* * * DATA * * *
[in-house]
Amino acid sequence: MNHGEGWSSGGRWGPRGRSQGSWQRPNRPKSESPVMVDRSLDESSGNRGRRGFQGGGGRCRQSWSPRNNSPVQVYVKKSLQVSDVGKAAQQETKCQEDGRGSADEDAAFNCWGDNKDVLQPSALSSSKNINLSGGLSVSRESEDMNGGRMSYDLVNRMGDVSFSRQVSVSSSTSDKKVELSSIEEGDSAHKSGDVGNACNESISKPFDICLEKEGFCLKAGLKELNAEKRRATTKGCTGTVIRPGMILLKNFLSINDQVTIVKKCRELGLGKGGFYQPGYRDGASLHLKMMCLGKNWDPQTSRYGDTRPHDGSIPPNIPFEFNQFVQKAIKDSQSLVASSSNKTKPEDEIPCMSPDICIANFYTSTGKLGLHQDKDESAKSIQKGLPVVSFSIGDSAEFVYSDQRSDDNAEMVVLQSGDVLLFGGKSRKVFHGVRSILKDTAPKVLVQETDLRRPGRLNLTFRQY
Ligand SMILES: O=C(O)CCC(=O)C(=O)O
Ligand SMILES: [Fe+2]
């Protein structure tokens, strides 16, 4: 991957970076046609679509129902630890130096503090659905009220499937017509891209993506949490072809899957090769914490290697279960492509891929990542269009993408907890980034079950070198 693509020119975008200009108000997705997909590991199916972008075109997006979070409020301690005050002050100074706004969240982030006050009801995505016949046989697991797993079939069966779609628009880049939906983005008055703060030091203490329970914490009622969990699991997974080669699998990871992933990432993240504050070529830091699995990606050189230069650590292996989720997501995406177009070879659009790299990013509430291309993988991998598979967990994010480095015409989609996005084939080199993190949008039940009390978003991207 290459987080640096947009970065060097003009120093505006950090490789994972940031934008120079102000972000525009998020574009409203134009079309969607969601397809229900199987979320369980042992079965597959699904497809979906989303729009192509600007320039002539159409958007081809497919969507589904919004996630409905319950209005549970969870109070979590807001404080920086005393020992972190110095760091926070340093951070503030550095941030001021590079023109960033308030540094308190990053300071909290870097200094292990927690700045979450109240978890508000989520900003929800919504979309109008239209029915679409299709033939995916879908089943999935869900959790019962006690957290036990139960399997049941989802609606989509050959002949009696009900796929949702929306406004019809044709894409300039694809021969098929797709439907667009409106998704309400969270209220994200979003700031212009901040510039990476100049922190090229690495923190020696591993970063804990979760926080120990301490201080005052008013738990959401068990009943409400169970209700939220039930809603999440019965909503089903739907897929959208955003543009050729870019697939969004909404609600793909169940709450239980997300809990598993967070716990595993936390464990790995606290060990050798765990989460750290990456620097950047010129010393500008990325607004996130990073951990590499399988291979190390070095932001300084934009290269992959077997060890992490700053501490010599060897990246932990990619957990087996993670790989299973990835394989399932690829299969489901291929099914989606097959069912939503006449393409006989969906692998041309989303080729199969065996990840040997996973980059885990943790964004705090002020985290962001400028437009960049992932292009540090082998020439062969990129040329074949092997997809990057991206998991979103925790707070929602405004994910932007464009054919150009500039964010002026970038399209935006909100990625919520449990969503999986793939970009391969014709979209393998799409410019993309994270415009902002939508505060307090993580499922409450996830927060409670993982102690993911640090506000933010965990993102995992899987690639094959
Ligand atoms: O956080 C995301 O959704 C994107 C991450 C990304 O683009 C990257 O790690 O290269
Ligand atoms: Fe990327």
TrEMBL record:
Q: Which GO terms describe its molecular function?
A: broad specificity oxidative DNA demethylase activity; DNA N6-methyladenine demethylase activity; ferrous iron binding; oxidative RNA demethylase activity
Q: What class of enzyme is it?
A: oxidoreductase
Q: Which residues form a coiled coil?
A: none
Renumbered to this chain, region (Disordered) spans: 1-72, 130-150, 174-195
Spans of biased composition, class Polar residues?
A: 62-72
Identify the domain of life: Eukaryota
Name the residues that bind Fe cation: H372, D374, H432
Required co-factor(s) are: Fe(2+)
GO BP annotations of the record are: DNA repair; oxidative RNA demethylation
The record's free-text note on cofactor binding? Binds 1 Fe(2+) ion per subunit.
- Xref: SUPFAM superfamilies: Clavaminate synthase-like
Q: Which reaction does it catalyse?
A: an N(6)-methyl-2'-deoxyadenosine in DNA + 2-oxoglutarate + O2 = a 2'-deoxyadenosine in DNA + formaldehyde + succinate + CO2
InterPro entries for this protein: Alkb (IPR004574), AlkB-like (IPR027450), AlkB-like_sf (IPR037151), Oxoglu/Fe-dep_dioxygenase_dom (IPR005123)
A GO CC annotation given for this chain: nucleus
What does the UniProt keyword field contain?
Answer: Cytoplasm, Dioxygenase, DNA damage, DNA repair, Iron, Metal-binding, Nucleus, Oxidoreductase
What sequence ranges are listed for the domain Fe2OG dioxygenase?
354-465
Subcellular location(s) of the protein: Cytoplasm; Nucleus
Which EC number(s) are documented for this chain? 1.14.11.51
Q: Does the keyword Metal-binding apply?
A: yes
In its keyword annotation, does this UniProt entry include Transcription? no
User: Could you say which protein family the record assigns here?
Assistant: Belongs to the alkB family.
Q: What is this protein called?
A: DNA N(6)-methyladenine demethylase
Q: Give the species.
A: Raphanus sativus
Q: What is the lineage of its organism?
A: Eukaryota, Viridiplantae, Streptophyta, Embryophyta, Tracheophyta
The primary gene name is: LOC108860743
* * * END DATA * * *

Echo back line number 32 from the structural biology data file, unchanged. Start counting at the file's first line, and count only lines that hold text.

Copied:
Subcellular location(s) of the protein: Cytoplasm; Nucleus